- Rich sources of Polyunsaturated Fatty Acids are corn, soybean, safflower and sunflower oils. Certain fish oils are also high in polyunsaturates.
- Monounsaturated Fatty Acids are found mostly in vegetable and nut oils such as olive, peanut and canola.
Digestion of Fats
Among the many functions of the liver is the digestion of fats and the production of cholesterol.
Cholesterol is an organic compound essential for the formation and maintenance of cell membranes among other functions.
When we eat Saturated Fatty Acid cholesterol is added to what is already synthesized by the liver. The cholesterol is transported from the liver through the blood stream by low density lipoproteins (LDL) stopping at cells and delivering cholesterol to those cells that need it.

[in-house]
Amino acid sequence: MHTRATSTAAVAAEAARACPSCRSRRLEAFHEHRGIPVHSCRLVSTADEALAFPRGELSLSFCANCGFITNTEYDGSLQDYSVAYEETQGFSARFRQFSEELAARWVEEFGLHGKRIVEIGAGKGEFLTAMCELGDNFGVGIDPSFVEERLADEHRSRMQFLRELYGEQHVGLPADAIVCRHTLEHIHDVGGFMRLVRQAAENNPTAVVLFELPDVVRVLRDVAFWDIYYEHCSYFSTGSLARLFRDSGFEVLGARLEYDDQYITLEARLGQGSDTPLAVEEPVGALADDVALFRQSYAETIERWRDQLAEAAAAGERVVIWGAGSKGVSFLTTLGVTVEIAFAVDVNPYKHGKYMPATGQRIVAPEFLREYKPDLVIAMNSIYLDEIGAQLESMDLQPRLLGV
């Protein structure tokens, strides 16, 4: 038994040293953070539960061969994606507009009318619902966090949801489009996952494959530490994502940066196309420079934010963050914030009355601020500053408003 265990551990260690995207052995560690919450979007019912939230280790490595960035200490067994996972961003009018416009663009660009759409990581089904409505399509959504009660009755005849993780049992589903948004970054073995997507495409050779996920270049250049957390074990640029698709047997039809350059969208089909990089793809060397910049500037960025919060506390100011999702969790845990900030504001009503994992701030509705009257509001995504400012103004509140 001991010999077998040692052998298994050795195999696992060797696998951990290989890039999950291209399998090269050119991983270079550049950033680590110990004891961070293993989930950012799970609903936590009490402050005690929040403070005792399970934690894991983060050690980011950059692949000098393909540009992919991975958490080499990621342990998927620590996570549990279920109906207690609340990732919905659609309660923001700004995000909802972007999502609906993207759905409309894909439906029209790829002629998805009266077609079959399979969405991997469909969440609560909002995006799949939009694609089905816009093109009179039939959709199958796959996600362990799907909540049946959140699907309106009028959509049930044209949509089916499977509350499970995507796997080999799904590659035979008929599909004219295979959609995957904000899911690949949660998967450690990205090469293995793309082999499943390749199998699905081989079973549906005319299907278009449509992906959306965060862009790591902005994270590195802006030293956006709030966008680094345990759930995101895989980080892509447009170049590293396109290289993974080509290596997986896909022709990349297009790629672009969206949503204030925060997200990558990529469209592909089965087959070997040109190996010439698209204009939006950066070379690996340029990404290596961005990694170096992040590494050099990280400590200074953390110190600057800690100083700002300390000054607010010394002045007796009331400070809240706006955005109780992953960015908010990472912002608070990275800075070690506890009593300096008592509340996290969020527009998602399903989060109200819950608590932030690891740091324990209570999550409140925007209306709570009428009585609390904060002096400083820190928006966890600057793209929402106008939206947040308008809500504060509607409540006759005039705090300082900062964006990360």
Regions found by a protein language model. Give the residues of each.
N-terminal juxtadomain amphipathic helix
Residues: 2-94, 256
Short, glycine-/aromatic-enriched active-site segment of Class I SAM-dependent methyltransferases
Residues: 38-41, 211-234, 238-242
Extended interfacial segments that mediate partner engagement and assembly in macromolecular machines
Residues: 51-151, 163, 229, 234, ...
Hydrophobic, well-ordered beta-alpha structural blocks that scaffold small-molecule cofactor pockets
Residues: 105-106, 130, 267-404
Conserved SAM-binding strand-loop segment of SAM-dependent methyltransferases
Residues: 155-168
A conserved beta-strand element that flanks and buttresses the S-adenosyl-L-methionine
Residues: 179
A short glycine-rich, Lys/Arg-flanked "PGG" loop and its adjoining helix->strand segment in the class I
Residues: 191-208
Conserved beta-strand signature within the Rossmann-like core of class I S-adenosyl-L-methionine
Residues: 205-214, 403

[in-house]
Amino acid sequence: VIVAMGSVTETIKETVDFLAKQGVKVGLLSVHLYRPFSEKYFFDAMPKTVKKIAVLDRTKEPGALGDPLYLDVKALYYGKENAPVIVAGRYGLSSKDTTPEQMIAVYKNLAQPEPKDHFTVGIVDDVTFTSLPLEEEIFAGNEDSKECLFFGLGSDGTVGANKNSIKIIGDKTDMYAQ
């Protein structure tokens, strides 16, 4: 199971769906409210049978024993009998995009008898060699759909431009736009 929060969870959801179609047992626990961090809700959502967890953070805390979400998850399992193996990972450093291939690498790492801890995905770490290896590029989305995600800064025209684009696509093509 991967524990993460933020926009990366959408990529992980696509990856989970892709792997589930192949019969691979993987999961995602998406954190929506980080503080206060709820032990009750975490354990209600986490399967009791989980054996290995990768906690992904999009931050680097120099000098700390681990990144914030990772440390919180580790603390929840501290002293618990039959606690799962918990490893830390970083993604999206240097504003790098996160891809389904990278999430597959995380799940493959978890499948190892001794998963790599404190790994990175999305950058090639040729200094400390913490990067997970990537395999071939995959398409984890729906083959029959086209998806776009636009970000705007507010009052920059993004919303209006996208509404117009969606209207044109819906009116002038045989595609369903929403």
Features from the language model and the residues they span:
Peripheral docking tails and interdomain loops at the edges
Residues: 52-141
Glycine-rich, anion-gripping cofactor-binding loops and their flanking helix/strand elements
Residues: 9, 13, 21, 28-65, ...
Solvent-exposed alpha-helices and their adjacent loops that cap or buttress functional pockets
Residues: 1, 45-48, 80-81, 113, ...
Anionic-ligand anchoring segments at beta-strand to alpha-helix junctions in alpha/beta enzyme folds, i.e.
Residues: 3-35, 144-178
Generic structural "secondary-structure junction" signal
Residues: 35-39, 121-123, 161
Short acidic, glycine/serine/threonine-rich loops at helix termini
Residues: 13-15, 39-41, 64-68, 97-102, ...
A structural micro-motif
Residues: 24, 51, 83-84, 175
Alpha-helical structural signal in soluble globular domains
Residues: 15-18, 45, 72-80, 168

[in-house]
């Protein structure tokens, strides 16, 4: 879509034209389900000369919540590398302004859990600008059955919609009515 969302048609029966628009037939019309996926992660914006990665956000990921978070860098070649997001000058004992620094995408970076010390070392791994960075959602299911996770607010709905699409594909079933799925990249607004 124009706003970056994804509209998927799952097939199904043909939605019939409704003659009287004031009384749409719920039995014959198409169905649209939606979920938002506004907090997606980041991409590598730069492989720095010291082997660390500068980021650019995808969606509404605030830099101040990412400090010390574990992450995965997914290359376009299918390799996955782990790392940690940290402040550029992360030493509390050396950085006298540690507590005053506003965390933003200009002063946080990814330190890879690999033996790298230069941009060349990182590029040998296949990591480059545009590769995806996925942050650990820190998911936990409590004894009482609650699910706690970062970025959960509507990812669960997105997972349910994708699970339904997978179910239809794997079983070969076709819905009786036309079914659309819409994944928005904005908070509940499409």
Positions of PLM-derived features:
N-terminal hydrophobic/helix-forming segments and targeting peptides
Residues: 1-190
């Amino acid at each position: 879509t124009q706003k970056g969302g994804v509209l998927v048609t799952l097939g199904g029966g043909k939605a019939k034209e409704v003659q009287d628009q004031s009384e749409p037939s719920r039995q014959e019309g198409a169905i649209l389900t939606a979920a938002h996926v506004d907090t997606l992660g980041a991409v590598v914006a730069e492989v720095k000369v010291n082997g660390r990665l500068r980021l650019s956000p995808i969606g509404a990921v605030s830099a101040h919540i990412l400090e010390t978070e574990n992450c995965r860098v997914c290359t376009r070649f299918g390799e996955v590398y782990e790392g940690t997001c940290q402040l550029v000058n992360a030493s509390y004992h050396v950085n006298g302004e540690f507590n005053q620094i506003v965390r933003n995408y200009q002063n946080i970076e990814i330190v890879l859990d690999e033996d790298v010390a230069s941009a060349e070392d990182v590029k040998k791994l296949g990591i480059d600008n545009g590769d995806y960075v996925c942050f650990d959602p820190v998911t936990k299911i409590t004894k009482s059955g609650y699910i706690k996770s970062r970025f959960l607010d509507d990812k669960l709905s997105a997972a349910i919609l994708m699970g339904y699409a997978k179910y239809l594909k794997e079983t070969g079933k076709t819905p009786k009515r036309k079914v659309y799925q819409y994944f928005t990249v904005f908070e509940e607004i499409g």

After its journey from the liver whatever excess LDL with cholesterol that remains is deposited in the walls of the arteries, causing the build up of plaque, which eventually narrows the walls of the arteries. Plaque build up in the arteries is associated with heart attacks. This is why the cholesterol transported by LDL is called “bad cholesterol”.
Monounsaturated Fatty Acids lower the risk of high cholesterol levels in your blood stream.
First Published: January 28, 2014
Updated: May 19, 2020